By Jaweed Kaleem
A federal judge on Wednesday blocked the state of Arizona from enforcing a controversial law banning ethnic studies courses, bringing near a close a seven-year battle over teaching about Mexican-Americans in Tucson public schools.
Wallace Tashima, a federal appeals court judge sitting in the district court in Arizona, said in his injunction that state legislators who passed the ban in 2010 violated the Constitution.
The decision came in a lawsuit brought by students in 2010 against the state's board of education. Supporters of ethnic studies said the law, which banned courses designed primarily for students of a particular ethnic group, was racist and targeted Mexican-Americans.
Tashima said the ban was "not for a legitimate educational purpose, but for an invidious discriminatory racial purpose and a politically partisan purpose."
Tashima also said the state could not keep funding from schools for not obeying the ban. The state's threat to withhold more than $14 million led Tuscon to drop its Mexican-American studies program in 2012.
The judge added that the state cannot lead "any inspections or audits of any program, curriculum or course" to check whether a school district is following the 2010 law.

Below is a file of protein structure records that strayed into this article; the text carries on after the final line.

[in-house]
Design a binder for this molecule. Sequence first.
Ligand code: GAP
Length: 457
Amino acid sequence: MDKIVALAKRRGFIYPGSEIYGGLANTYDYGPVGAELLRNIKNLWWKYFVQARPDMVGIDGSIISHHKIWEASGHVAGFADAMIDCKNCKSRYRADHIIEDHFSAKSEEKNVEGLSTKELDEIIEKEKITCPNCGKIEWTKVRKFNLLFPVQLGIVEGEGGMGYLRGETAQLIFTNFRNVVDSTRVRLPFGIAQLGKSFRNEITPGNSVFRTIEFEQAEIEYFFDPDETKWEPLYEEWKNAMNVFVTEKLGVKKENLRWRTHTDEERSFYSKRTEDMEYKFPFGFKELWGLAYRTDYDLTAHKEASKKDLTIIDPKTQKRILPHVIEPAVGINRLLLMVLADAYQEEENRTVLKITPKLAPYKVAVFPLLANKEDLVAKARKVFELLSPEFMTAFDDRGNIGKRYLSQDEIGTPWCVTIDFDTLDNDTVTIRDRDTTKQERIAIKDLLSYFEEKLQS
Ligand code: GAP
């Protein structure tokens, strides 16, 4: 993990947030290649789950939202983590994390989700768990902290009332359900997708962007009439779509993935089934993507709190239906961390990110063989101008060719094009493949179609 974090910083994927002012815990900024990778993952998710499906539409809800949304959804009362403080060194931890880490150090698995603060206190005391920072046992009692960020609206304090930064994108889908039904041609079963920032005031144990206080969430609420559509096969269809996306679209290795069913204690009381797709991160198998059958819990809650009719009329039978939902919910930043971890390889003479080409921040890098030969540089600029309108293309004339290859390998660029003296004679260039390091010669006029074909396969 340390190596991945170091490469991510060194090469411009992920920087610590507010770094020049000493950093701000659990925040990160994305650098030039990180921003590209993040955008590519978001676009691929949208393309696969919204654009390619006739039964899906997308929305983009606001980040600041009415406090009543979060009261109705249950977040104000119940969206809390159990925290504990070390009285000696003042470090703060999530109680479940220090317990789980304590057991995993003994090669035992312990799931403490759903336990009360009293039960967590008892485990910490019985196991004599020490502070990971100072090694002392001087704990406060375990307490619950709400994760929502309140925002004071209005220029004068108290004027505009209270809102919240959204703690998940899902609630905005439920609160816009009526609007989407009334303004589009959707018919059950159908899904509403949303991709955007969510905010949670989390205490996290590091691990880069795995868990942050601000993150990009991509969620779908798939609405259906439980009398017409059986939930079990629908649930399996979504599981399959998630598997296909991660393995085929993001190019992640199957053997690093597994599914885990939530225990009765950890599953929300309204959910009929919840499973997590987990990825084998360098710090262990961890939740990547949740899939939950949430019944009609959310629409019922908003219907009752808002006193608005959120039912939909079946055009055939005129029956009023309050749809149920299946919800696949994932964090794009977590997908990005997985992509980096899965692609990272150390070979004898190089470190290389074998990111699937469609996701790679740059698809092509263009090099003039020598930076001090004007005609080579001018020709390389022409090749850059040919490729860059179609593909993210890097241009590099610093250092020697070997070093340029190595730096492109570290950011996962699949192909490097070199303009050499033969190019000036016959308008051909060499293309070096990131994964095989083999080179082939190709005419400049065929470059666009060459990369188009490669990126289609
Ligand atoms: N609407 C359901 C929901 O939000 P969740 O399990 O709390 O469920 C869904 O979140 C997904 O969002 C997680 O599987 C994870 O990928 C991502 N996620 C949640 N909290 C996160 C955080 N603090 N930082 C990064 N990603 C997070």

A former teacher in the Tucson program, Curtis Acosta, celebrated on Twitter. "This! Happy New Year, mi gente (my people)!" he wrote.
Richard Martinez, an attorney who represented the teachers and students in the lawsuit, said "the judge gave us precisely what we asked for."
The Tucson district has not said whether it will revive the curriculum, which helped spur similar educational programs in schools around the country. The Arizona attorney general's office has also not said whether it will appeal the injunction.
When the law passed, activists protested it as a symbol of anti-Latino sentiment, and said the state was using racism against Mexican-Americans to sow political divisions. It was all the more controversial because it came to be the same year as the widely protested SB 1070 law, which required police to determine the immigration status of people arrested or detained when there was "reasonable suspicion" they were not in the U.S. legally.
The injunction follows an August ruling from Tashima in which he said the law was unconstitutional and racially motivated. He not did not issue an injunction against it until Wednesday.
In August, Tashima said the law violated the equal protection clause of the Constitution by discriminating against Latinos and violating students' First Amendment "right to receive information and ideas."
Tashima also criticized John Huppenthal and Tom Horne, the former Arizona state superintendents of public instruction who pushed to pass the ban.
"Defendants were pursuing these discriminatory ends in order to make political gains," the judge wrote. "Horne and Huppenthal repeatedly pointed to their efforts against the (Mexican-American studies) program in their respective 2011 political campaigns, including in speeches and radio advertisements. The issue was a political boon to the candidates."
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